The culprit was a rubber ducky, which Boost had apparently swallowed. X-ray images showed the faint but undeniable outline of the plastic toy.
But that was only the first mystery. As Dr. Nicolas Berryessa attempted to remove the toy, a new mystery presented itself.
Why wouldn’t the ducky budge out of Boost’s stomach?
Berryessa is board-certified in veterinary internal medicine and has wide expertise in such things as infectious diseases, immune-mediated disorders and also the strange tendency of dogs to eat just about anything.
With Boost under anesthesia, he inserted a long narrow device called an endoscope into Boost’s mouth, all the way down to the stomach. He grabbed the ducky with the snare on the end of the scope, but for some reason it wouldn’t move.
Berryessa pulled, but not too hard – too much force could have caused damage. “I could not figure out why we couldn’t get it out,” he said.
Fortunately, BluePearl hospitals are home to veterinarians with many years of advanced training in various specialties, and these experts work cooperatively to treat patients.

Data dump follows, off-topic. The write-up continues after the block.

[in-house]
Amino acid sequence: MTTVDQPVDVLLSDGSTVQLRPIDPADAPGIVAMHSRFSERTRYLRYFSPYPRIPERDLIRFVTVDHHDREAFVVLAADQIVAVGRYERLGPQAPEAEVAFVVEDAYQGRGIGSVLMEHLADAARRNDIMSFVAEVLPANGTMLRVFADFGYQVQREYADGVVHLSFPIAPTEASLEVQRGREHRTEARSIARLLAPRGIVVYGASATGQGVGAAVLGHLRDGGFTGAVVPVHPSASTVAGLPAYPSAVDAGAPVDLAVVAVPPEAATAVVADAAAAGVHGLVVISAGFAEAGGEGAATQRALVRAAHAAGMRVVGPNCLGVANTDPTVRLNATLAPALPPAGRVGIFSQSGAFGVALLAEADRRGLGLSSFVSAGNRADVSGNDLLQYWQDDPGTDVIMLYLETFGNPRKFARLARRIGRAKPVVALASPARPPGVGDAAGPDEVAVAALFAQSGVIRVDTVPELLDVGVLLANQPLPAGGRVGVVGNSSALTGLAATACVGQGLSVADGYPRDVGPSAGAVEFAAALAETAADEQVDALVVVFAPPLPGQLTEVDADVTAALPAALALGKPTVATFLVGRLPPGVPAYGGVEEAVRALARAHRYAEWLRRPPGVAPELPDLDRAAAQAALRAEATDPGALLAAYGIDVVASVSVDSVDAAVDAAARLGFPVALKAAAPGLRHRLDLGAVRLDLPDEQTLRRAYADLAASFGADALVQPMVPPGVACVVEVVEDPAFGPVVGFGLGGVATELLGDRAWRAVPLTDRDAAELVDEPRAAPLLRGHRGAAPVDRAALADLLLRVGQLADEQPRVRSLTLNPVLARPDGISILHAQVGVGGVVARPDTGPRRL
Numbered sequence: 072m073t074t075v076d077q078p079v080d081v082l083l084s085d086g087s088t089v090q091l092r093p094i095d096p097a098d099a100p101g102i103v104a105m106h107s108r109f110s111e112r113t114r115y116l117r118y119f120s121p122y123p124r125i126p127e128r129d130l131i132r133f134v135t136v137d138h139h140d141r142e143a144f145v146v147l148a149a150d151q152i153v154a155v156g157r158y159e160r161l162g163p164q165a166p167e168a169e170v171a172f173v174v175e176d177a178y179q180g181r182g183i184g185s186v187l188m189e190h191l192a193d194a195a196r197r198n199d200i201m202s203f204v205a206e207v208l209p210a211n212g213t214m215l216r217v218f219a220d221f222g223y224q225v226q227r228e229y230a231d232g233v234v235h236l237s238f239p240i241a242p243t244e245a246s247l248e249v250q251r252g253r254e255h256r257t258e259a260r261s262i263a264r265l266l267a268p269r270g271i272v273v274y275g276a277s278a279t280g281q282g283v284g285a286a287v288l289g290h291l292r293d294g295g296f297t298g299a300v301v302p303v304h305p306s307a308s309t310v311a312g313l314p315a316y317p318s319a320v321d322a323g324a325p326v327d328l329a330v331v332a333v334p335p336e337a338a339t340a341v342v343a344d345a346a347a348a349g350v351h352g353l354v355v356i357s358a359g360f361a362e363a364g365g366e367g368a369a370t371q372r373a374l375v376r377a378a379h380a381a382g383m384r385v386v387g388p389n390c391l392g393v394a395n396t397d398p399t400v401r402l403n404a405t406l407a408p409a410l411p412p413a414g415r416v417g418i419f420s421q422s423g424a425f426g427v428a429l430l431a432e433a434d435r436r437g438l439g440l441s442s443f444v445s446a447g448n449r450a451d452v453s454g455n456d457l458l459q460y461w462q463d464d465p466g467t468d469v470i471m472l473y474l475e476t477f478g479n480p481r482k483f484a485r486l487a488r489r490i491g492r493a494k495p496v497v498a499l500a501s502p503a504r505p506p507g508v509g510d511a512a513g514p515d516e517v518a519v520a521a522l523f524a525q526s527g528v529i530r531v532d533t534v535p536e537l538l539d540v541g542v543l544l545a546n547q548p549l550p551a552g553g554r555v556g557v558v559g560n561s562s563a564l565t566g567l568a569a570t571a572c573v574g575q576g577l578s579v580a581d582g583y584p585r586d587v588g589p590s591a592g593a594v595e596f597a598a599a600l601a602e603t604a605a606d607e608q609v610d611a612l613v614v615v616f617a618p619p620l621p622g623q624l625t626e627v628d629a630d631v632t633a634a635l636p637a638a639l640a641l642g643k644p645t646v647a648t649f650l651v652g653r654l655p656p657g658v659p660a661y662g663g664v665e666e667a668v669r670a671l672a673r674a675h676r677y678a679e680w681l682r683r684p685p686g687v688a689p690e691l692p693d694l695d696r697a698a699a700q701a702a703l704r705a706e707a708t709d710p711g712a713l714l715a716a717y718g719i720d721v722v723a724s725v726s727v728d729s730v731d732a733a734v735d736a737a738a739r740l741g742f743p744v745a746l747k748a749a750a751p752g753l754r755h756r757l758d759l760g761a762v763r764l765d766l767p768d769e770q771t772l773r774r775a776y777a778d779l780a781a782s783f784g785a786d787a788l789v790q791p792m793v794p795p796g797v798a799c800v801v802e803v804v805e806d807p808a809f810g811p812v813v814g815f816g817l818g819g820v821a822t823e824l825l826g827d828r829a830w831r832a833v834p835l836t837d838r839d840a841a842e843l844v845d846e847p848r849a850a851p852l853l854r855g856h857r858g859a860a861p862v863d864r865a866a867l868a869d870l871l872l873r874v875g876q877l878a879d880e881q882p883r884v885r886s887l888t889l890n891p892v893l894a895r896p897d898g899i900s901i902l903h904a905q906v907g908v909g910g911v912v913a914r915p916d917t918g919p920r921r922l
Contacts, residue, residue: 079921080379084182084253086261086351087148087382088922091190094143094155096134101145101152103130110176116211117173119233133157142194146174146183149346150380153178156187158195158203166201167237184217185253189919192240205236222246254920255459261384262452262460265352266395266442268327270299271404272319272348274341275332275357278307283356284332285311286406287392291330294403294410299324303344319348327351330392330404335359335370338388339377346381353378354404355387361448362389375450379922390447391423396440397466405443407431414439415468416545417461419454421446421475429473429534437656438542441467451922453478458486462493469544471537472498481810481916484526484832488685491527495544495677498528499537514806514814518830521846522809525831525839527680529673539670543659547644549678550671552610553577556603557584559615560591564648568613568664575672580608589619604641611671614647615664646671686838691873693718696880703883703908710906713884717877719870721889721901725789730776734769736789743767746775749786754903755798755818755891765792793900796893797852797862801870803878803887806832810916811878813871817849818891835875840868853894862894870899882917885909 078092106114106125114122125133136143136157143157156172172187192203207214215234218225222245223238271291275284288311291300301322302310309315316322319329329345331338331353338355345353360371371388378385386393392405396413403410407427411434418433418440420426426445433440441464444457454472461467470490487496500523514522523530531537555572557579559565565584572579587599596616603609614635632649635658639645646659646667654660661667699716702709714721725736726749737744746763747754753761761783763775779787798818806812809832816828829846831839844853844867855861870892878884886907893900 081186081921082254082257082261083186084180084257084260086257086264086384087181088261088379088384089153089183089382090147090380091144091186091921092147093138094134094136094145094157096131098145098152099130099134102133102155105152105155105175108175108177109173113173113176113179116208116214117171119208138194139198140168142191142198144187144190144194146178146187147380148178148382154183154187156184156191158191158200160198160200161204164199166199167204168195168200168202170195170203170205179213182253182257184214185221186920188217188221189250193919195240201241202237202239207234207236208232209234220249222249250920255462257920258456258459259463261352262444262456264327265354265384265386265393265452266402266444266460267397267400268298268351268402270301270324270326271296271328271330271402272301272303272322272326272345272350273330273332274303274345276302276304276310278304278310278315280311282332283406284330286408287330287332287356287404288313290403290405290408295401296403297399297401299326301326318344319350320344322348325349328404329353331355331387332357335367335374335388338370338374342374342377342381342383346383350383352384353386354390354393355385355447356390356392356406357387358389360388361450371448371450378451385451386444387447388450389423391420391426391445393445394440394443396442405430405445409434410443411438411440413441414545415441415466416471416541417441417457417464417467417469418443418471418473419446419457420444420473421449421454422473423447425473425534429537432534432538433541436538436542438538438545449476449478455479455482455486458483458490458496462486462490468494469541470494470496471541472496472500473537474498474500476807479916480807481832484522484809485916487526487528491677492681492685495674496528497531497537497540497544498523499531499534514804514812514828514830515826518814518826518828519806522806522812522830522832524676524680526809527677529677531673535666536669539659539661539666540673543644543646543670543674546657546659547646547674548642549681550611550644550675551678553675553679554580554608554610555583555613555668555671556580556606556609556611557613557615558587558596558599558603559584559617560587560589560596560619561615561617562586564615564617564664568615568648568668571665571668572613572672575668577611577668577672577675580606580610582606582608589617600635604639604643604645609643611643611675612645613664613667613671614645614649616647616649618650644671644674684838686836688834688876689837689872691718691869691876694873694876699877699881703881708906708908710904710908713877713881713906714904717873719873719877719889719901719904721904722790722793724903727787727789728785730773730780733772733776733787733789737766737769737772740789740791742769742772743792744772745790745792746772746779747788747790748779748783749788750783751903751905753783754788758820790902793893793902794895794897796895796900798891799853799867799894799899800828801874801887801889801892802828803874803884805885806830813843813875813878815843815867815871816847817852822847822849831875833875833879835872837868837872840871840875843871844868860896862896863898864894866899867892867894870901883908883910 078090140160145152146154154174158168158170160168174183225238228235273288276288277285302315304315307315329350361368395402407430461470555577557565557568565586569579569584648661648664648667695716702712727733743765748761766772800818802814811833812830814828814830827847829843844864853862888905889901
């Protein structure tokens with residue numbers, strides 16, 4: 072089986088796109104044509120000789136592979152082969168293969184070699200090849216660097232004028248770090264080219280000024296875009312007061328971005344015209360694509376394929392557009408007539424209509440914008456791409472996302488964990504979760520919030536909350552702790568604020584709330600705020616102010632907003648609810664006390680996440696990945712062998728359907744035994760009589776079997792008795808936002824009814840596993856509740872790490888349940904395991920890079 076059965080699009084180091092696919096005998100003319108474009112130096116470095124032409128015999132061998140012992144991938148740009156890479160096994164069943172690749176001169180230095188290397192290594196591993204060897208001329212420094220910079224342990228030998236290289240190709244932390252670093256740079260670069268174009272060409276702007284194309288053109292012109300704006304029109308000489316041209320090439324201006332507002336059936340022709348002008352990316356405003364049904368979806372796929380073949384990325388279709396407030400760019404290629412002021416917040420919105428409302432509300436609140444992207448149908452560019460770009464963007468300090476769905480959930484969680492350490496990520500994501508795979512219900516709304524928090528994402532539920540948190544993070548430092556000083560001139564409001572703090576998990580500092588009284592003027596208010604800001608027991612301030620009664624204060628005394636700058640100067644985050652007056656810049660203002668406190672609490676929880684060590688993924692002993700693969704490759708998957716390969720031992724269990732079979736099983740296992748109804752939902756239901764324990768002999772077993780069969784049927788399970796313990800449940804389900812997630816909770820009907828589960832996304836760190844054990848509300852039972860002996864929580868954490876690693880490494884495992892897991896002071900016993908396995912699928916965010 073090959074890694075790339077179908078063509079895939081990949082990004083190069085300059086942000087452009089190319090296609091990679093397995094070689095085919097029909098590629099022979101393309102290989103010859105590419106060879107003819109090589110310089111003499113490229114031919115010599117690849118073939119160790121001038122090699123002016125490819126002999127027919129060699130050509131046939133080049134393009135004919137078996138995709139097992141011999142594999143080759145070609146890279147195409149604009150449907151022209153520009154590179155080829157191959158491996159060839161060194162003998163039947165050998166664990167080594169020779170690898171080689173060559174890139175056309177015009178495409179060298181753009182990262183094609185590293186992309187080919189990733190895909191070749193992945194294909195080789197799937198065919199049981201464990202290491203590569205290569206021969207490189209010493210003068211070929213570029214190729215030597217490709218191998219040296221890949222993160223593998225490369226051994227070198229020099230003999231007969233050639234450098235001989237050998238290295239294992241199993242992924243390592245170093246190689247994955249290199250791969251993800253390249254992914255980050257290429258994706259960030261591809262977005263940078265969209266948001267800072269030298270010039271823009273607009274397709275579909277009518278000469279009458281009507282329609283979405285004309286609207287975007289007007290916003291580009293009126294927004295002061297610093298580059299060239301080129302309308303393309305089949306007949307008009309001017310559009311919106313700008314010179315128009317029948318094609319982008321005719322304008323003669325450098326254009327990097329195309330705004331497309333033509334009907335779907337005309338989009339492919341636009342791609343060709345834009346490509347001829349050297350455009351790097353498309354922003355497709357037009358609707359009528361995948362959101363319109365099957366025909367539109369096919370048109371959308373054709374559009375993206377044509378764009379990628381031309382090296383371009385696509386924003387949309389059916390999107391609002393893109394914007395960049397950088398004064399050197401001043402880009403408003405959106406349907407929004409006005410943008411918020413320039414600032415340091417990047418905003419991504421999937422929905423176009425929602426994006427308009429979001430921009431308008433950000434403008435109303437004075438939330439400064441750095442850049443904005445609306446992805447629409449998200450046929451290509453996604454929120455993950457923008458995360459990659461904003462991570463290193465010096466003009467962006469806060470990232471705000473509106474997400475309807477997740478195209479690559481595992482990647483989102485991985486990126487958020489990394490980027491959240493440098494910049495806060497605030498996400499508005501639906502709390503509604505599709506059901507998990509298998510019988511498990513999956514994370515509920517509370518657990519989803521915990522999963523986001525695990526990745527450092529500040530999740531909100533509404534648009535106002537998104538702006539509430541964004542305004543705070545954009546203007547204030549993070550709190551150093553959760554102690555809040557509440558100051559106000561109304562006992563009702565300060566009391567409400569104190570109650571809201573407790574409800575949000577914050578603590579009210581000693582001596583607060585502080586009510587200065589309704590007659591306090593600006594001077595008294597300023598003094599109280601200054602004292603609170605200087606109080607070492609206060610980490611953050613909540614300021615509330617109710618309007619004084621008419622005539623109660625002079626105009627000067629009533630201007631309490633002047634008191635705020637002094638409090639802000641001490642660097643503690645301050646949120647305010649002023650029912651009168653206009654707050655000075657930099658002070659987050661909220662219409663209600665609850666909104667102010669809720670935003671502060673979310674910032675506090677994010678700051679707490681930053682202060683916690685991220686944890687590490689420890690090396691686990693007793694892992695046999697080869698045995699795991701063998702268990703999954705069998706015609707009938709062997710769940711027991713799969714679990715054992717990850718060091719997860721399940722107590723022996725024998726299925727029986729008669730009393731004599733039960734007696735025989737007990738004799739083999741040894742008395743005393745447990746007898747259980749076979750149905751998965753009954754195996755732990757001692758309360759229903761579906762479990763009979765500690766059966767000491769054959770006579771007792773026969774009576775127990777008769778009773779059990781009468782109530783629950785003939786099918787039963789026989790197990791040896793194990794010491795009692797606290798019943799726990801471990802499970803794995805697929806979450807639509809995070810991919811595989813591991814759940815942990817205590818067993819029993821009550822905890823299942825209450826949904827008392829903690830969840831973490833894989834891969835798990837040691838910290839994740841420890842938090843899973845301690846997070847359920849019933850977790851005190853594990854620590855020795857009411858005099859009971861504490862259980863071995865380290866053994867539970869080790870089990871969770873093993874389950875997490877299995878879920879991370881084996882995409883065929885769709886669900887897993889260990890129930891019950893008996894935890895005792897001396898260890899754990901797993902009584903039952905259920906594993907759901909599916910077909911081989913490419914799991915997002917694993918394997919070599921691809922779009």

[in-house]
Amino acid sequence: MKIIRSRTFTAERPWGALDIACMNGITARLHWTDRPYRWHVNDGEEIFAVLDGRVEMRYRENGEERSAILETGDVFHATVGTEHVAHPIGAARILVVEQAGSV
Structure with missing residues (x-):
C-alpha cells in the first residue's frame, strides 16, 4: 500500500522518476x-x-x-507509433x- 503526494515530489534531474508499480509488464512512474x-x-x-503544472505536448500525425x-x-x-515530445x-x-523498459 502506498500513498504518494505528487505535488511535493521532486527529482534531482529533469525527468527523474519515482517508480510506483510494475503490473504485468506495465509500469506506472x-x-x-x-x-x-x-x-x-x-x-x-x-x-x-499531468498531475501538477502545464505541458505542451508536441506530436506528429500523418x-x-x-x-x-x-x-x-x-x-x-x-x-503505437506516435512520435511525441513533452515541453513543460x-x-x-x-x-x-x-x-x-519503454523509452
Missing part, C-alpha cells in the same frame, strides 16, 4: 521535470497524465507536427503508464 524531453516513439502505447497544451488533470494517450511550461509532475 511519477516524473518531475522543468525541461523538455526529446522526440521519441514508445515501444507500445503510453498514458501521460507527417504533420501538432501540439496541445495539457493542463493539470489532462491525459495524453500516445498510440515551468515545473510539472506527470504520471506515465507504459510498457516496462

So Dr. Lori MacDougall, who is board-certified in veterinary surgery, stepped in. She made an incision in Boost’s abdomen and removed the ducky from the dog’s stomach.
She also solved the second mystery – she discovered the ducky had a string attached to it, which extended all the way into Boost’s intestines. That’s why the ducky wouldn’t budge.
Boost’s owner Corey Penton of Ball Ground, Ga., said he’s pleased Boost got such excellent care and that his beloved dog is recovering so nicely.
We can’t thank the doctors enough for helping us through this whole rubber ducky incident,” Penton said
“He’s doing really well now,” Penton added. “He’s just a big teddy bear, he’s an awesome dog.” Penton, who races Mustang stock cars, said Boost’s full name is Boost Performance Penton.
Boost, a loyal dog who loves to be around Penton’s family, does have a tendency to swallow random things such as the occasional stick, blade of grass or – one time – a couple of pacifiers.
This is one mystery veterinary medicine has not completely solved.